This past weekend, June 10, was an exciting one for me because I had a chance to speak at a local library about some of my greatest passions: dolls, bears (and other critters), writing, and blogging! It was a thrill to talk to a group of aspiring bloggers and editors about what it means to opine and post—a double-barreled action that I’ve been doing for two years on the doll side and for nearly three months her with the plush pals.
It is rewarding to know that I have a chance to engage in a give-and-take relationship with the readers, and to talk directly about why certain critters and adorable animals hold sway over me.
As I pondered what to ponder for this week’s column, it suddenly came to me—and, I must confess, it was anything but cute, cuddly, whimsical, or endearing. In fact, the items that popped into my head could pass for the nightmares that Willy Wonka or Winnie-the-Pooh “enjoy.” I, of course, am talking about the Pretty Ugly line of products, which hold special significance to me because they originated in New Jersey—my adopted home state—boast bright colors and unique expressions (I’ve been known to purse my lips and roll my eyes on numerous occasions), and, most of all, they have faces and figures that only a mother could love. (And that is my most favorite job of all: mom. It even ranks above blogger!)
The Pretty Ugly characters—called “dolls” rather than “monsters” or “goblins”—became a collectible fairy-tale success story in 2002 (http://www.uglydolls.com/home/index/322.0). For a decade now, these visualizations of characters that seem like they would be happy frolicking in a Salvador Dali painting or paying a visit to the “Twilight Zone” have grown more and more popular, and more and more visible.
When I go to Barnes and Noble with my kids, this has turned into a bi-weekly jaunt (coincides with my TB&F blogging schedule!), we always enjoy seeing the Pretty Ugly display of critters. My kids know that these silly, soft “beast friends” began here in the “Garden State,” and my son likes to say that they are homegrown. (At age 9, he finds this pun on our hometown and gardening to be the height of hilarity. He aspires to be a jet pilot/stand-up comic when he grows up. I tell him when he turns 12, I’ll let him watch “Airplane.”)
Pretty Ugly is on the radar screen this week because the “mom and pop” of the brand—David Horvath and Sun-Min Kim—are turning the production of their fierce, fiendish family over to Gund, which is also a New Jersey-based enterprise. The “Ugly” truth behind these characters is that they began as a love letter from David to Sun-Min. He doodled a primitive-looking creation on the epistle, and the rest is history as the first “Wage” character spawned a universe of toys, books, action figures, apparel, collectibles, and all sorts of fun paraphernalia.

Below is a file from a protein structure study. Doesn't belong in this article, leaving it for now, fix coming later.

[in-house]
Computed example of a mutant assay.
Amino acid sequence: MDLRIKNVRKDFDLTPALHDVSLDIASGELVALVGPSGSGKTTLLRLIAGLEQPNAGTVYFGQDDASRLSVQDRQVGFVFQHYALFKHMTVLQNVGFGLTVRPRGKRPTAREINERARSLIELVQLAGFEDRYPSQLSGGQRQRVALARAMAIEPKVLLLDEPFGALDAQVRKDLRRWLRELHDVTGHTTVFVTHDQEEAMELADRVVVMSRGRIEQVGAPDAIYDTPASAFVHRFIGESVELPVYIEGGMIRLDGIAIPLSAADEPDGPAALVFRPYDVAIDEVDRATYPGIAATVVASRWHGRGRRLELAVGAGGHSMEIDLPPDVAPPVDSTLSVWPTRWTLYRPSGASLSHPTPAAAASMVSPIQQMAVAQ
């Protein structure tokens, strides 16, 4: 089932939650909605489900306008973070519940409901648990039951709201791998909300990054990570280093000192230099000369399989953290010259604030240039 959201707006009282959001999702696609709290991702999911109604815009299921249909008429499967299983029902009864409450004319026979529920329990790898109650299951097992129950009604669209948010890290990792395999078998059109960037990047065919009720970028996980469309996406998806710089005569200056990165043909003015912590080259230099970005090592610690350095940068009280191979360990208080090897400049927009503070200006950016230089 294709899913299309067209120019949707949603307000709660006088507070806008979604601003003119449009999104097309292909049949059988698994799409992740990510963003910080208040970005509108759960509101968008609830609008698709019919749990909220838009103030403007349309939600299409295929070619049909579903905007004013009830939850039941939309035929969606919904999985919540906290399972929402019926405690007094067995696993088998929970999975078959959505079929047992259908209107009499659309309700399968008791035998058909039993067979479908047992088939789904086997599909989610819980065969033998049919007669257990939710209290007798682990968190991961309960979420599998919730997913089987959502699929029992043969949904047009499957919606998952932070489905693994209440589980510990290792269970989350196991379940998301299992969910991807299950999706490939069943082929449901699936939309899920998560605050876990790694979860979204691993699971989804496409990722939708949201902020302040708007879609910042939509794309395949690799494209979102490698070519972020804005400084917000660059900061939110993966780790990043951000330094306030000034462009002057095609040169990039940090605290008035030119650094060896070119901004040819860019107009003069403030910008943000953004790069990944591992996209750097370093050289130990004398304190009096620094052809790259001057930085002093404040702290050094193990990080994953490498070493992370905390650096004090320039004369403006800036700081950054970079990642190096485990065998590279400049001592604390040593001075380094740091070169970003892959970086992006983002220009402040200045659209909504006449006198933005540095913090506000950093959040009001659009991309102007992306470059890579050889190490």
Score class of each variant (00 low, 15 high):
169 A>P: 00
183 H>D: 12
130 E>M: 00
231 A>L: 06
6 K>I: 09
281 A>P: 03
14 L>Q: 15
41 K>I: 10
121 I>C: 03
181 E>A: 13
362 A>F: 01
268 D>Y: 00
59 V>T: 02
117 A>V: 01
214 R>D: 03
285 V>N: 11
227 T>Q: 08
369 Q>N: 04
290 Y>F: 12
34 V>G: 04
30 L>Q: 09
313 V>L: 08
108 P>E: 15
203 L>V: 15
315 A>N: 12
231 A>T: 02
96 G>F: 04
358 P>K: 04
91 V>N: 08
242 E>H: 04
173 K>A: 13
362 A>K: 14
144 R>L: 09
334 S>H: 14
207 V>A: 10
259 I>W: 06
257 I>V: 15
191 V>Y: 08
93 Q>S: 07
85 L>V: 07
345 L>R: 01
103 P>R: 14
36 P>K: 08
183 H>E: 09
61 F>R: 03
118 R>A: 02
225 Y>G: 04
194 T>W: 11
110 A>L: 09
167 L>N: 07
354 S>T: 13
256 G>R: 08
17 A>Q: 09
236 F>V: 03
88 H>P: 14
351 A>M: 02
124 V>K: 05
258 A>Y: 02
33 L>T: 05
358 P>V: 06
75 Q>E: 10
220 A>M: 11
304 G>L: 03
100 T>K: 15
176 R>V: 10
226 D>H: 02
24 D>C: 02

With this new deal in place, Gund will handle the manufacturing and the distribution of the “Uglies” to their worldwide marketplace. David and Sun-Min and the rest of the Edison-based team will pursue more licensing and creative avenues for the brand. It’s a win-win situation for folks who rejoice in the old adage that “beauty is skin deep.”
For the Pretty Ugly people, “ugly” always translated into unique and unusual and unimaginable. I’ve bought these characters and have given them as gifts to toddlers and teens, to adults, tweens, and everyone in between.
I am certain that as Pretty Ugly/UGLYDOLL and Gund (the soft toy component of Enesco) join forces, these comical characters will be in good hands. A little bit scary, a lot off-beat, but hugely huggable and lovable, the Pretty Ugly dolls have been spreading their own unique brand of happiness for 10 years now. Under the auspices of Gund/Enesco (http://www.gund.com/), which prides itself on being the most huggable company in the world since 1898, we UGLY fans are PRETTY confident that the roster of rascals will flourish and grow. And that’s the Pretty Ugly prediction.